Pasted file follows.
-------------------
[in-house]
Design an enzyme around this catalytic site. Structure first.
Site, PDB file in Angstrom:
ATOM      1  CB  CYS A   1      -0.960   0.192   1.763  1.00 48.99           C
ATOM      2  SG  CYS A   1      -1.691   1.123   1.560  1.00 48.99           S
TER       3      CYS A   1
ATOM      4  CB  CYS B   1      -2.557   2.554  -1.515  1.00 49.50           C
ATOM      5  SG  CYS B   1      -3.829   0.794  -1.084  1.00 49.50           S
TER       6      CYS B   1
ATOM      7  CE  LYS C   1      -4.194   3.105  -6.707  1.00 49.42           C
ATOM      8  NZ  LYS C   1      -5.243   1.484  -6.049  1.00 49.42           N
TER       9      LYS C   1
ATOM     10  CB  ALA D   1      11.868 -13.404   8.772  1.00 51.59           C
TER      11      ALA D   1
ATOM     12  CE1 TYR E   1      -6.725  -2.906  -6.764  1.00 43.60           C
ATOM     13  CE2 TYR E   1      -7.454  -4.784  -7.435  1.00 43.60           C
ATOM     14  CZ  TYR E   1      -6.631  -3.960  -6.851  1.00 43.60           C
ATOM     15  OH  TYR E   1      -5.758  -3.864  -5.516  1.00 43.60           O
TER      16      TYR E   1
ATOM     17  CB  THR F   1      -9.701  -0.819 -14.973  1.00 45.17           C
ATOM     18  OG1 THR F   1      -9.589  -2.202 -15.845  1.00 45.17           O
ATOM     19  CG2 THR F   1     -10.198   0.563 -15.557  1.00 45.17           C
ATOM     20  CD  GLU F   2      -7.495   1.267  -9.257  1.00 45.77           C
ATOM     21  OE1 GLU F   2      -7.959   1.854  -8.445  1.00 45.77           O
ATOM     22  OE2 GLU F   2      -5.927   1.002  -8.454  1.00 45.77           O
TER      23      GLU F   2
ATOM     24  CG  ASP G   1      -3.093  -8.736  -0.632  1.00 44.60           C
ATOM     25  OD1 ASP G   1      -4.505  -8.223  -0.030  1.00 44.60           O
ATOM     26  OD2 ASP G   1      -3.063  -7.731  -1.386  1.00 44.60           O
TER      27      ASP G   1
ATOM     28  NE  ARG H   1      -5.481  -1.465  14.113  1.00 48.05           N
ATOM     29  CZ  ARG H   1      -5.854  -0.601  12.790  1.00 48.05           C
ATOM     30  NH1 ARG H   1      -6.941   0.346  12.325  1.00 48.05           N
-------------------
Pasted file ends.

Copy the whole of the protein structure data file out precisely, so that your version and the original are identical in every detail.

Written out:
[in-house]
Design an enzyme around this catalytic site. Structure first.
Site, PDB file in Angstrom:
ATOM      1  CB  CYS A   1      -0.960   0.192   1.763  1.00 48.99           C
ATOM      2  SG  CYS A   1      -1.691   1.123   1.560  1.00 48.99           S
TER       3      CYS A   1
ATOM      4  CB  CYS B   1      -2.557   2.554  -1.515  1.00 49.50           C
ATOM      5  SG  CYS B   1      -3.829   0.794  -1.084  1.00 49.50           S
TER       6      CYS B   1
ATOM      7  CE  LYS C   1      -4.194   3.105  -6.707  1.00 49.42           C
ATOM      8  NZ  LYS C   1      -5.243   1.484  -6.049  1.00 49.42           N
TER       9      LYS C   1
ATOM     10  CB  ALA D   1      11.868 -13.404   8.772  1.00 51.59           C
TER      11      ALA D   1
ATOM     12  CE1 TYR E   1      -6.725  -2.906  -6.764  1.00 43.60           C
ATOM     13  CE2 TYR E   1      -7.454  -4.784  -7.435  1.00 43.60           C
ATOM     14  CZ  TYR E   1      -6.631  -3.960  -6.851  1.00 43.60           C
ATOM     15  OH  TYR E   1      -5.758  -3.864  -5.516  1.00 43.60           O
TER      16      TYR E   1
ATOM     17  CB  THR F   1      -9.701  -0.819 -14.973  1.00 45.17           C
ATOM     18  OG1 THR F   1      -9.589  -2.202 -15.845  1.00 45.17           O
ATOM     19  CG2 THR F   1     -10.198   0.563 -15.557  1.00 45.17           C
ATOM     20  CD  GLU F   2      -7.495   1.267  -9.257  1.00 45.77           C
ATOM     21  OE1 GLU F   2      -7.959   1.854  -8.445  1.00 45.77           O
ATOM     22  OE2 GLU F   2      -5.927   1.002  -8.454  1.00 45.77           O
TER      23      GLU F   2
ATOM     24  CG  ASP G   1      -3.093  -8.736  -0.632  1.00 44.60           C
ATOM     25  OD1 ASP G   1      -4.505  -8.223  -0.030  1.00 44.60           O
ATOM     26  OD2 ASP G   1      -3.063  -7.731  -1.386  1.00 44.60           O
TER      27      ASP G   1
ATOM     28  NE  ARG H   1      -5.481  -1.465  14.113  1.00 48.05           N
ATOM     29  CZ  ARG H   1      -5.854  -0.601  12.790  1.00 48.05           C
ATOM     30  NH1 ARG H   1      -6.941   0.346  12.325  1.00 48.05           N